Annotated Menoikeus Project: First Draft

  • FYI I did just revise this section in 123b.ii. on my copy. It won't show up on the pdf posted here, so consider this an errata:


    ἡ κοινὴ τοῦ θεοῦ νόησις = hē koinē "the common, the general understanding of gods" Note that this is also why we speak of the later evolution of the Greek language as "koine Greek" "the common Greek, the Greek spoken by a wide population across the Greek-speaking world." Is Epicurus talking here about the general understanding of Greeks among the general population? Or is he talking about the common understanding of the gods among Epicureans? He does specifically talk about the wrong understanding of the "hoi polloi'" below. Epicurus is writing to a fellow Epicurean. So, if he's referring to just ἡ κοινὴ τοῦ θεοῦ νόησις among Epicureans, how are we them to take that word ζωον?


    Same for 123c:

    ἀνοίκειον literally means "not of the family" or "not of the household" where οἶκος is the house or domestic sphere. Related to 123b.ii and the "common" understanding, ἀνοίκειον *could* refer to the "house/family" of Epicurus.

  • I've come up with a first draft of verse 124. I'm convinced that pleasure and pain are the best translations of the "good things" (αγαθοί) and "the bad things" (κακοί) in the first part of the second section. I've included reasons in my text. I also found it interesting that the actual phrase used for the masses is literally "hoi polloi." :)


    I'm sharing the rough literal first draft of a translation below and I'll try and work up a pdf of all the steps soon:

    Quote

    "For they are not prolepses, but the judgements of the hoi polloi concerning the gods [are] false hasty assumptions. Thence, the greatest evils are brought to the wicked from the gods as well as the greatest aid to the good. Because they (the hoi polloi) are believing that those who are familiar with each other through all excellences and goodness (the gods) accept those who resemble themselves; all those not of their sort (are) strange and alien."

    "So, accustom yourself in believing that, for us, death is nothing; since all pleasure and pain are in perception of the senses and the mind; and death is the absolute negation of perception. So, correct understanding is that death is nothing for us, and this is what makes the mortality of life enjoyable, not gaining an endless lifetime for oneself but taking away the yearning for immortality."

  • Don

    Changed the title of the thread from “Annotated Menoikeus Verses 121-123 First Draft” to “Annotated Menoikeus Project: First Draft”.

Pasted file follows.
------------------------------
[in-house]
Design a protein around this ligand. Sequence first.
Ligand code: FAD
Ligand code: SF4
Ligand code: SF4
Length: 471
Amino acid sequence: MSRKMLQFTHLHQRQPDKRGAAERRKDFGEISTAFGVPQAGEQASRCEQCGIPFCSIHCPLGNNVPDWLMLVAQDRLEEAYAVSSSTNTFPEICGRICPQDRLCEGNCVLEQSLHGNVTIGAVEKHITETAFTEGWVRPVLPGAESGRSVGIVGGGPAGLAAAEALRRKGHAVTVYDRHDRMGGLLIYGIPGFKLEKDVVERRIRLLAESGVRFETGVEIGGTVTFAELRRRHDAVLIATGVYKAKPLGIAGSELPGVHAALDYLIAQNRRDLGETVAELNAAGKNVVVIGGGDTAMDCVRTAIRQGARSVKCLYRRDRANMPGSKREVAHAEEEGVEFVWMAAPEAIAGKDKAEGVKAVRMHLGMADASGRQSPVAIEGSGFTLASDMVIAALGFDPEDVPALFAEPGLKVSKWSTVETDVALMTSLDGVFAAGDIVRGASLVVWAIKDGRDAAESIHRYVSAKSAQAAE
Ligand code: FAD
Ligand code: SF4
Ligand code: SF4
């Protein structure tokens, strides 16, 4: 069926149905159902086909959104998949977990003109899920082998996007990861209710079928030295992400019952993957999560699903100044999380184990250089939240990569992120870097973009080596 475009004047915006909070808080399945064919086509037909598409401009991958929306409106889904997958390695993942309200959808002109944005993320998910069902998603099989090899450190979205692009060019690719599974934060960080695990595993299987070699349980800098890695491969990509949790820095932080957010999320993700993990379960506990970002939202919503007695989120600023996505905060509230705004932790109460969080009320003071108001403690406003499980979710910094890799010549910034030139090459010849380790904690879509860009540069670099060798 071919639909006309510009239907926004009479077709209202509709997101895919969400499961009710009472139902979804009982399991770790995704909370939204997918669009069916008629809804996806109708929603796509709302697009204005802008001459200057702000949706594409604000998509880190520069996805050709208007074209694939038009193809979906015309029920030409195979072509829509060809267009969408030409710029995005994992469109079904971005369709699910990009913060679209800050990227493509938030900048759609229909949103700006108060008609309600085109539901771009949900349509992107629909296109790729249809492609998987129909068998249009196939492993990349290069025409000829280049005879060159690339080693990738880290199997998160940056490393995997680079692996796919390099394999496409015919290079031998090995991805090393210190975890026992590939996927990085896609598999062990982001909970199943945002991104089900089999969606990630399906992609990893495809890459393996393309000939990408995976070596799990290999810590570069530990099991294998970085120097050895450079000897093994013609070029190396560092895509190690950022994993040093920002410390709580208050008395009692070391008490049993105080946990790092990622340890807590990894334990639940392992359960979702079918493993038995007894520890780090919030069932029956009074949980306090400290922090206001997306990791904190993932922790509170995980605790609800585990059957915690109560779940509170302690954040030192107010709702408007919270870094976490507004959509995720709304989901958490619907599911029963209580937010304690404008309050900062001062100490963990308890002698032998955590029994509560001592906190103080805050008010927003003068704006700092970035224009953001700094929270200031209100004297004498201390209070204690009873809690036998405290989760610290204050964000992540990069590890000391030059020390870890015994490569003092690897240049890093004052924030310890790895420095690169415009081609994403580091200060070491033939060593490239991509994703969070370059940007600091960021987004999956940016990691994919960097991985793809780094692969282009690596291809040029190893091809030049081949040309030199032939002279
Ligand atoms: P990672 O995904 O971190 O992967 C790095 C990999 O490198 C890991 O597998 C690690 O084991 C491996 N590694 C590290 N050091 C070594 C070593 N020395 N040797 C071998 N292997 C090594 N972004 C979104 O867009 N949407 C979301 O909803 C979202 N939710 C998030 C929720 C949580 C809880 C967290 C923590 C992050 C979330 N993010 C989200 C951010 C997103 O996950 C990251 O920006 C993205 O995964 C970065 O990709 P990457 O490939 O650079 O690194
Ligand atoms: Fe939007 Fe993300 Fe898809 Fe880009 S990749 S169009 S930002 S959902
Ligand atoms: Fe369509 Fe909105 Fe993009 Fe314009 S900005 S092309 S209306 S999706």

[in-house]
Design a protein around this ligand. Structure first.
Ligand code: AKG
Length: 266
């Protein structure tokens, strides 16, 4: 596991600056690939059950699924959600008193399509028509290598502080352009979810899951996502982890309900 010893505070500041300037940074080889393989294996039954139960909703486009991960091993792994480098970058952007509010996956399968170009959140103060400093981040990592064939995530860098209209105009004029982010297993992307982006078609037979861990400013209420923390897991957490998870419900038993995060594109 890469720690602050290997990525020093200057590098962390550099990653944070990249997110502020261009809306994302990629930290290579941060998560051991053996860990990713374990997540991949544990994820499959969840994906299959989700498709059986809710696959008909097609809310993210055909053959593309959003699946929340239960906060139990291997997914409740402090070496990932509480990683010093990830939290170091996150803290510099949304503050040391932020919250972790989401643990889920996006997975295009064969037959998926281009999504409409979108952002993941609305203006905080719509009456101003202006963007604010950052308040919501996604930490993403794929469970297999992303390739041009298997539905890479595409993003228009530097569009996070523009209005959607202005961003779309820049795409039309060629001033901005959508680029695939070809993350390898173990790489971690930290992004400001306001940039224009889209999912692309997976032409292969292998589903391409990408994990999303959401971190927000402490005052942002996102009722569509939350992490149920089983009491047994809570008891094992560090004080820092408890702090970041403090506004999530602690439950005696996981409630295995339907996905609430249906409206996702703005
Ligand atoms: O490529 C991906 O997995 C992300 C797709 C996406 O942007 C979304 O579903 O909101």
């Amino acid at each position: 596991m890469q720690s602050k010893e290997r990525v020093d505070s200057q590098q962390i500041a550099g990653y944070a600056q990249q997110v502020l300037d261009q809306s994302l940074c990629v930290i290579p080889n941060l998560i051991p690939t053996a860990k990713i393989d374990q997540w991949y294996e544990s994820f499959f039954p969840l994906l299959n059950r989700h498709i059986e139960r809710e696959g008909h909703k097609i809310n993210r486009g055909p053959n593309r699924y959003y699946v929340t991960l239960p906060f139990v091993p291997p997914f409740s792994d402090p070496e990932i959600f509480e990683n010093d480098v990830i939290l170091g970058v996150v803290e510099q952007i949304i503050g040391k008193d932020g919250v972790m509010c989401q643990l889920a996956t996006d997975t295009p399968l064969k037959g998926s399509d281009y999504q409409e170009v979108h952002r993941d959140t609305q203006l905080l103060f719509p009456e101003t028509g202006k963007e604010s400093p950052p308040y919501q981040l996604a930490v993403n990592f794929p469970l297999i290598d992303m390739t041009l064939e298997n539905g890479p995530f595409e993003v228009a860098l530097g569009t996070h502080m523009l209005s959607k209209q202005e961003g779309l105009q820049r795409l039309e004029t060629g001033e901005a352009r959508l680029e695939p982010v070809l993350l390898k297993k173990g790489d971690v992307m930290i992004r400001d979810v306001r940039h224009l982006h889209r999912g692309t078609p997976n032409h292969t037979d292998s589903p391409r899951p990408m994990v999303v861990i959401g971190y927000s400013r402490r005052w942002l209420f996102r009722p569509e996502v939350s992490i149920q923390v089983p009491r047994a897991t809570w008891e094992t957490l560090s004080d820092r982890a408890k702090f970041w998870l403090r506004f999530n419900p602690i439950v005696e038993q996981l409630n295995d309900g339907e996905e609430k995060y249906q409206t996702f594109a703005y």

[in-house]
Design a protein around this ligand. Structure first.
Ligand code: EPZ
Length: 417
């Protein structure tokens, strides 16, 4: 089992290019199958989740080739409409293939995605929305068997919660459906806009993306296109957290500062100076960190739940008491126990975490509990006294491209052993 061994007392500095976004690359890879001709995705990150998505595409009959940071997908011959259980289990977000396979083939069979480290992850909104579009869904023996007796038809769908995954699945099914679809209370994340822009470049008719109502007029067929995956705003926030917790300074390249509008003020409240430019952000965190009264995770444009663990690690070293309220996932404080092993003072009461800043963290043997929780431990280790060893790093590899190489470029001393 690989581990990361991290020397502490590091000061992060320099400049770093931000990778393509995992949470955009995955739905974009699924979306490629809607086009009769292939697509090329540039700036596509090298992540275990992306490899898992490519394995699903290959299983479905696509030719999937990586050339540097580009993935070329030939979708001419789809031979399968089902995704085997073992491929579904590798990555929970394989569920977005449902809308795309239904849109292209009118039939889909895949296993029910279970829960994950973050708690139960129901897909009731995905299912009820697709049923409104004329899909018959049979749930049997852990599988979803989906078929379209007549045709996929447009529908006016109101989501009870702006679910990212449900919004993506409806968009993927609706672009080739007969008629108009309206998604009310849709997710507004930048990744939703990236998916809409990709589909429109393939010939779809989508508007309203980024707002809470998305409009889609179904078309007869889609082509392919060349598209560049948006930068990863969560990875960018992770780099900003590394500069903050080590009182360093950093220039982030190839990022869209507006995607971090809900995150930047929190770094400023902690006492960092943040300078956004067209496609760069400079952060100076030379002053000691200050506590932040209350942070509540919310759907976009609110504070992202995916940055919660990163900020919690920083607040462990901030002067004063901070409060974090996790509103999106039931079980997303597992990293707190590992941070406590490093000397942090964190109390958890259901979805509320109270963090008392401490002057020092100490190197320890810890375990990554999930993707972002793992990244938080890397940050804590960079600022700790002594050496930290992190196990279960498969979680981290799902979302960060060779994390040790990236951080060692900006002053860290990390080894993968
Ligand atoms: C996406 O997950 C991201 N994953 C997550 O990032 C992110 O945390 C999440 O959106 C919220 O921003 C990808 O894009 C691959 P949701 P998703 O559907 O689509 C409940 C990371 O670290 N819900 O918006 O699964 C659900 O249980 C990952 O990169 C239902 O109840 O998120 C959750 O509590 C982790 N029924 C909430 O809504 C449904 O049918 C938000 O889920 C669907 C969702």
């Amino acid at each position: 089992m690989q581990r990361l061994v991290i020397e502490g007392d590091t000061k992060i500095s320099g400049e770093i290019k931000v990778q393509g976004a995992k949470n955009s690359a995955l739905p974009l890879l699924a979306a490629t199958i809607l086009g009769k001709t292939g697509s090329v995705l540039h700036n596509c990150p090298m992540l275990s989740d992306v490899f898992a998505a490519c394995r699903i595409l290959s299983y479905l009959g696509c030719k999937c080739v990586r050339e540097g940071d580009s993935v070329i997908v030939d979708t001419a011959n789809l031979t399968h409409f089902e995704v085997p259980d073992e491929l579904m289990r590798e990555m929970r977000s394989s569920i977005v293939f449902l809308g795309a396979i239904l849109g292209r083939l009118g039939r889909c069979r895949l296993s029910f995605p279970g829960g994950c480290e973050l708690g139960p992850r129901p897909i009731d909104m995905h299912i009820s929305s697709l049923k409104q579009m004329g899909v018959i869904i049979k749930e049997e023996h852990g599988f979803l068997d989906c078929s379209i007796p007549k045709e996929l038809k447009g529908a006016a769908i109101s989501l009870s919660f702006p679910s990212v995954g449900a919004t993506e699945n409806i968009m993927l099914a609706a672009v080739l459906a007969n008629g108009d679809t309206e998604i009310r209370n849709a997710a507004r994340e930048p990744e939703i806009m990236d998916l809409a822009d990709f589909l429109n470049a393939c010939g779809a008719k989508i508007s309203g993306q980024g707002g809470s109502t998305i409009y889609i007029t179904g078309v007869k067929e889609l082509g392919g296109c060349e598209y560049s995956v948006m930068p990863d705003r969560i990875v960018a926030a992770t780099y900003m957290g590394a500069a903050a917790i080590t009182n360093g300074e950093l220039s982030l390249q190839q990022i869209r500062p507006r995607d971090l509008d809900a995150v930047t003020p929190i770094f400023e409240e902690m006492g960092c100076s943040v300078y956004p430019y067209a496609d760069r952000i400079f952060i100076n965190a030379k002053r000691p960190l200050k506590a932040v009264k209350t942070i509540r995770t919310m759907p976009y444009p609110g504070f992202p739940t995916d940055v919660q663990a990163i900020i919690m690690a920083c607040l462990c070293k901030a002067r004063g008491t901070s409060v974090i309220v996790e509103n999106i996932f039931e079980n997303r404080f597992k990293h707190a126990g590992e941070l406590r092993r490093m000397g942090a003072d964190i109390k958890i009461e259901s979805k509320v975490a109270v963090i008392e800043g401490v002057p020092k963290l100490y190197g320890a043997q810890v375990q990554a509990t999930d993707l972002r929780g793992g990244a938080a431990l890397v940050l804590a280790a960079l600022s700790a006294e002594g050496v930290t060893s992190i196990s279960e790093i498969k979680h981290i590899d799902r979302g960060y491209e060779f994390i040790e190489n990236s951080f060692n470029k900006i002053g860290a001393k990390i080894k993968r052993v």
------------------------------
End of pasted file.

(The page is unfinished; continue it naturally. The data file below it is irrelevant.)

• Made an interesting discovery in verse 126 this morning:

    126c and 126d exemplify why it's important to look at the words Epicurus used and not just modern English translations. Take a look at the final phrases of each: 126c. ...ἀλλὰ τὸ ἥδιστον αἱρεῖται, "choosing that which brings the greatest pleasure" 126d. …ἀλλὰ τὸν ἥδιστον καρπίζεται. "enjoying the fruits of that which brings the greatest pleasure." Both of these use the word ἥδιστον = hēdiston which is the superlative of ἡδύς = hēdus "pleasant" which is related to ηδονή = hēdonē "pleasure". By variously translating these two occurrences of the same exact word as "most pleasing/brings the greatest joy," "most delicious/happiest," "nicest/most agreeable," or "most enjoyable" (for both), the fact that Epicurus used the same word is lost. Only Yonge uses "most pleasant" for both. Epicurus teaches that pleasure is the greatest good, and by refusing to translate words like ἥδιστον more literally as "(that which) brings the most pleasure" it would appear that translators are consciously shying away from acknowledging that pleasure was Epicurus's goal. When Epicurus says pleasure, he means pleasure. Translators should not equivocate or obfuscate. They should strive to illuminate and communicate. http://www.perseus.tufts.edu/hopper/morph?l=h%28%2Fdiston&la=greek&can=h%28%2Fdiston1&prior=to\n&d=Perseus:text:1999.01.0257:book=10:chapter=1&i=2#lexicon

  • Great point Don and I draw exactly the same conclusion from your observation. Surely he was trying to be precise because he was aware of exactly the same kind of motivation to obscure the point - there is always the temptation to "soften" the impact by playing over to other schools such as with the generic "happiness". Using the same word in two close locations was very likely intentional.